Hawkeye and Black Widow have a lot in common — they've both got checkered pasts, they both are non-powered superheroes standing with gods and monsters, and they were both featured in last year's Avengers live-action film.
They're also both making the jump to the animated Avengers Assemble TV series, which sees its season start this Sunday on Disney XD, following a Memorial Day weekend sneak preview. The show is meant to echo much of the dynamic that made the movie a billion-dollar success, and with that comes the a strong bond between Clint Barton and Natasha Romanoff.
In our final interview from a recent press day in Burbank, Calif, Newsarama talked with veteran voice actors Troy Baker and Laura Bailey about playing Hawkeye and Black Widow, respectively, and how the source material has influenced their portrayals.
Newsarama: Laura, Troy, obviously Hawkeye and Black Widow have an important history together in the comics as well as the movies, and it looks like that's continuing out into Avengers Assemble. How would you describe their dynamic at the start of the series?
Troy Baker: Obviously the banter back and forth is one thing, but also this kind of jousting match that Black Widow and Hawkeye can get into, as far as trying to one-up each other all the time, and who actually is more skilled. Because they're amongst all these superheroes, and they're just…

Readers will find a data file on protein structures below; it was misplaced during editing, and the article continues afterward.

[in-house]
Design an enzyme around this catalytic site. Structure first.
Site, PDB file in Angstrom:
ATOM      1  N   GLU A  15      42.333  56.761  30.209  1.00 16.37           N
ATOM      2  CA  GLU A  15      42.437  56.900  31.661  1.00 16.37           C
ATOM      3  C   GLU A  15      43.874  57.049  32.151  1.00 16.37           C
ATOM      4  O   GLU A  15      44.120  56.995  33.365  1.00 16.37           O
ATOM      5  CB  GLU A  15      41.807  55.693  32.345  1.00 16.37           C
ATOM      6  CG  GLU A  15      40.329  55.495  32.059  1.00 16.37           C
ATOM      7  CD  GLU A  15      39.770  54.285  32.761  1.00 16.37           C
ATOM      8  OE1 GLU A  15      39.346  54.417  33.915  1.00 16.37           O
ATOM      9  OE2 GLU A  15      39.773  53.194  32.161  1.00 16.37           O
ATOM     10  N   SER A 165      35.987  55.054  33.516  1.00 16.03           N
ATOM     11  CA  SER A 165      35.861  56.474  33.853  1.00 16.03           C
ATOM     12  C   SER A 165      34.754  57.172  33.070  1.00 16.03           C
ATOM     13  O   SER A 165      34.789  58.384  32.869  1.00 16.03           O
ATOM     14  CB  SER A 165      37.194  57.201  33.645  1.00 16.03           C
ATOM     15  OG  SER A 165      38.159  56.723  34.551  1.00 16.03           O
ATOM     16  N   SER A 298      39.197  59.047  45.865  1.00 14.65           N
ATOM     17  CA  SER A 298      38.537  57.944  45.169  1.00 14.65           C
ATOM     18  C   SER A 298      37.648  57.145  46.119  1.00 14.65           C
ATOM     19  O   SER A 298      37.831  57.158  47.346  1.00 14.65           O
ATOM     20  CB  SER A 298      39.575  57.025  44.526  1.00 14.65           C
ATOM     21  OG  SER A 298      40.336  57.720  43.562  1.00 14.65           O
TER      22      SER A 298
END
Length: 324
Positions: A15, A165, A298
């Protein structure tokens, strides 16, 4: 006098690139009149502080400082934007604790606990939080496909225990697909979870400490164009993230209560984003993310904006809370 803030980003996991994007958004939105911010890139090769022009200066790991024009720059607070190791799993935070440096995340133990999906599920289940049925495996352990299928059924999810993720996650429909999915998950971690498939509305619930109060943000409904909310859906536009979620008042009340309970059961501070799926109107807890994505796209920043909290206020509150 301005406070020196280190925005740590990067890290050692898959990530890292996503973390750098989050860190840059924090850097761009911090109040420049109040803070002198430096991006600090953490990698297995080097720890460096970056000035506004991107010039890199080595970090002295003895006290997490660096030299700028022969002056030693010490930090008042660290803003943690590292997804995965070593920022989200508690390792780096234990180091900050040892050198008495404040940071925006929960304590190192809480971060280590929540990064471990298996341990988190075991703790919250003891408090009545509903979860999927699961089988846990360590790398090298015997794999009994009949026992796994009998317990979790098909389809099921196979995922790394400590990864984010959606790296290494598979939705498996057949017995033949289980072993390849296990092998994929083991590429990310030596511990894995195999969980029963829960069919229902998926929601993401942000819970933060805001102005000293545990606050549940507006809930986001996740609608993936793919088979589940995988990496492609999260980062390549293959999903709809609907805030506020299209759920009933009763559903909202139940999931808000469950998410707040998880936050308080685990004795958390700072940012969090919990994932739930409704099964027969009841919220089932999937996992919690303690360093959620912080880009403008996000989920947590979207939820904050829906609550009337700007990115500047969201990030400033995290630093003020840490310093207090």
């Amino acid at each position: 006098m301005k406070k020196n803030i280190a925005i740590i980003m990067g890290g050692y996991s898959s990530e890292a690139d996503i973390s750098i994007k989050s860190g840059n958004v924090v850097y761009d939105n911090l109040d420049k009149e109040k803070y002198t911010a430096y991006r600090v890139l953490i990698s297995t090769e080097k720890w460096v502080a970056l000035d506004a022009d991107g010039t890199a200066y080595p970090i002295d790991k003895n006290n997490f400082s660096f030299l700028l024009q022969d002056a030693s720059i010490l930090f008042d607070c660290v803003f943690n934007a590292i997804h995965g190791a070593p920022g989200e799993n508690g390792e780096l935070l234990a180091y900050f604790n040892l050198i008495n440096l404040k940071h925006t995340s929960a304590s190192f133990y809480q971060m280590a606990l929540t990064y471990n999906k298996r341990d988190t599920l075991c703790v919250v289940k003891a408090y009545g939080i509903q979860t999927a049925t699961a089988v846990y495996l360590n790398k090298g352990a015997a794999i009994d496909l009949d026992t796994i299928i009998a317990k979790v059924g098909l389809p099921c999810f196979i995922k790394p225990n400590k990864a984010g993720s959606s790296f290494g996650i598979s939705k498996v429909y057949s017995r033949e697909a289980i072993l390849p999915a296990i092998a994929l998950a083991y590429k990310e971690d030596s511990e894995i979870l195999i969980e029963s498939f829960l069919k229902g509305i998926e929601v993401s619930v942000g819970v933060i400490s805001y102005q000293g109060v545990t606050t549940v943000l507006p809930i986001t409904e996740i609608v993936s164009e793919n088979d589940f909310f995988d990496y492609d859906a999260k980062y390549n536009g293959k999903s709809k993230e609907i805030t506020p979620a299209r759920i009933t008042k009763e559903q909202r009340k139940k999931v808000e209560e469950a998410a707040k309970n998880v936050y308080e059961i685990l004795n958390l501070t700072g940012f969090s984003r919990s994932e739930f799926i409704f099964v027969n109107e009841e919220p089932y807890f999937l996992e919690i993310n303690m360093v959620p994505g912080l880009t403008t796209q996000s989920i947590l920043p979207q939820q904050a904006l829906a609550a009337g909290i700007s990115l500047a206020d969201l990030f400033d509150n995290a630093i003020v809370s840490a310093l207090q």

Laura Bailey: And they're just people. That are just really, really talented, and really smart.
Barker: They're badasses.
Nrama: Part of the point of Avengers Assemble is capturing some of what was successful in the live-action movie, but it's not going to replicate it exactly, and that same balance must extend to your vocal performances. What's the approach there?
Baker: A lot of that starts with the writers. What [executive producer team Man of Action] have been doing is bridging the gap between the movie. "Remember this in the movie?"
Bailey: "Touch on that, and keep growing."
Baker: What I think Jeremy did in the movies was pulling more from the mythos of Clint Barton as an agent of S.H.I.E.L.D. And what the show is allowing me to do is show a different side of him, which is more Hawkeye as an Avenger.
Bailey: Scarlett Johansson really had a humanity about her in the role of Black Widow. You got to see that she was really tough and she could handle her own, but there was also a fragility to her that made her seem approachable. We want to have that in the show, but also play up the fact that she can really stand with these guys, and hold her own. Put them in their place. Sometimes save their butts, because they might need it.
Nrama: Black Widow and Hawkeye are among the more down to Earth on the show, especially compared to ones like Thor and Hulk. Does that make it maybe a little more natural to slip into these characters?
Baker: From a performance standpoint, everybody involved really doesn't want this to be too broad. The action plays so much of the part of making this more fantastical, that really we just have to simply show up. And it's written very well. These are natural conversations. We kind of have a shorthand with each other too, so we know how to play to each other's strengths.